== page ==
WASHINGTON, May 19 (Reuters) - The U.S. consumer bureau said on Monday it would compensate employees who received less-than-stellar performance ratings in 2012 or 2013 because its system put certain groups such as blacks, Hispanics and older workers at a disadvantage.
An internal Consumer Financial Protection Bureau analysis found that black and Hispanic employees were less likely than white workers to receive the top score in ratings used to set pay raises, Director Richard Cordray said in an email to staff.
Employees who were over the age of 40, who worked in one of the bureau's field offices rather than its headquarters, or who had less than one year of experience at the consumer agency also received lower ratings than their counterparts, according to a summary of the analysis that was released on Monday.
Under the system, managers rated employees on a scale from 1 to 5, with 5 representing top-notch work. The ratings were used to determine both merit raises and lump-sum bonus payments.
Cordray said after seeing the results of the analysis, bureau officials decided to compensate employees who received ratings of 3 or 4 - which indicate solid and high performance, respectively - as if they had received the top score.
"We will make appropriate adjustments to employee compensation to ensure that we erase the remnants of any statistical disparities caused by our performance management system," Cordray said in the email to staff.
A bureau spokesman said compensating employees who received lower ratings in 2012 or 2013 was expected to cost between $5 million and $5.5 million. The bureau did not disclose how many people would receive payments but said about 100 people who have left the bureau would be included.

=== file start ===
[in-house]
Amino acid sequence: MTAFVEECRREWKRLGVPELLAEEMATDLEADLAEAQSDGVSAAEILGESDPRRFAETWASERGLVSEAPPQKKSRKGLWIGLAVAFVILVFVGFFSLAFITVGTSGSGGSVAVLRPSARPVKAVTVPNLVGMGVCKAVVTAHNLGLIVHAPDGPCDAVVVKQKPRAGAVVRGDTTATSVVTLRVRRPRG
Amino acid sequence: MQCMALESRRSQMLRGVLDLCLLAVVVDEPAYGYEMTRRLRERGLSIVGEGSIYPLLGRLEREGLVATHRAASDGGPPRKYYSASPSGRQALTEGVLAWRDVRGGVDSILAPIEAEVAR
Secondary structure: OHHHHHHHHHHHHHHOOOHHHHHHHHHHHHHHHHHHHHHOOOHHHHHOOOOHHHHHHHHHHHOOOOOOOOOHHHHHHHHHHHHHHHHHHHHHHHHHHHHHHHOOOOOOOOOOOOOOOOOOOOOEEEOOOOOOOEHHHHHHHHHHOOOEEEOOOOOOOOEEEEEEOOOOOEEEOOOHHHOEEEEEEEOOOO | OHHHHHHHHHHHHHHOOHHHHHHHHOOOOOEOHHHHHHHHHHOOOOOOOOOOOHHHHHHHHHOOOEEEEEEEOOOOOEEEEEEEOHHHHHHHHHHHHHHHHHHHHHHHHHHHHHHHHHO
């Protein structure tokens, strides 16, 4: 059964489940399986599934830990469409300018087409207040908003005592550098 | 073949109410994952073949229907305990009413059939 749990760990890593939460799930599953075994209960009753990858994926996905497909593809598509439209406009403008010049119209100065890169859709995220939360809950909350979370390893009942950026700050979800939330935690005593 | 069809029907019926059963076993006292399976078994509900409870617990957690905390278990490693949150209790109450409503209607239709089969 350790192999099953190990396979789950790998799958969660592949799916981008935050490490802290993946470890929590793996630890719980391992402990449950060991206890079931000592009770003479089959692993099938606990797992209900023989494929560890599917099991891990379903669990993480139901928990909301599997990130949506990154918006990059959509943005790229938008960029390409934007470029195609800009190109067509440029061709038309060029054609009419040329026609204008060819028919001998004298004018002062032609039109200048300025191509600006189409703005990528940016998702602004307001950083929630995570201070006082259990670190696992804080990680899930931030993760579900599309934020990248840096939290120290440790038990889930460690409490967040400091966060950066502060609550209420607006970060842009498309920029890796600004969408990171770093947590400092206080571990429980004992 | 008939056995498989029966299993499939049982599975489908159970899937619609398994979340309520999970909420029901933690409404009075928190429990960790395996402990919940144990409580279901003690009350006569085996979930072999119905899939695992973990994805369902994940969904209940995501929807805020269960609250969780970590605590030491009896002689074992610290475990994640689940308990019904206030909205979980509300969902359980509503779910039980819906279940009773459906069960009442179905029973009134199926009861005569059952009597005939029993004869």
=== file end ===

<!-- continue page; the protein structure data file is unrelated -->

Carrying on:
Bureau officials found preliminary issues with the ratings in January, and the problems were revealed publicly in March. The consumer bureau, or CFPB, announced then that it would revamp its performance management system.
Members of the U.S. House of Representatives' financial services committee have been pushing for more information about the disparities. Two bureau officials and a representative of the agency's union will testify about the problems on Wednesday.
Lawmakers created the consumer bureau as part of the 2010 Dodd-Frank law and charged it with overseeing a broad swath of consumer financial products. Officials scrambled to hire employees, write new rules and investigate wrongdoing in a short period of time after the bureau was established. The rating system was designed to reward the highest-performing people.
"The performance management system implemented by the CFPB was based on best practices and, on paper, it had considerable merit," the bureau said in its analysis.
"It is clear that the system was too sophisticated for a new agency like the CFPB, which was experiencing a high level of rapid growth and organizational pressures as it worked to build itself out starting from scratch," it said. (Reporting by Emily Stephenson; Editing by Cynthia Osterman)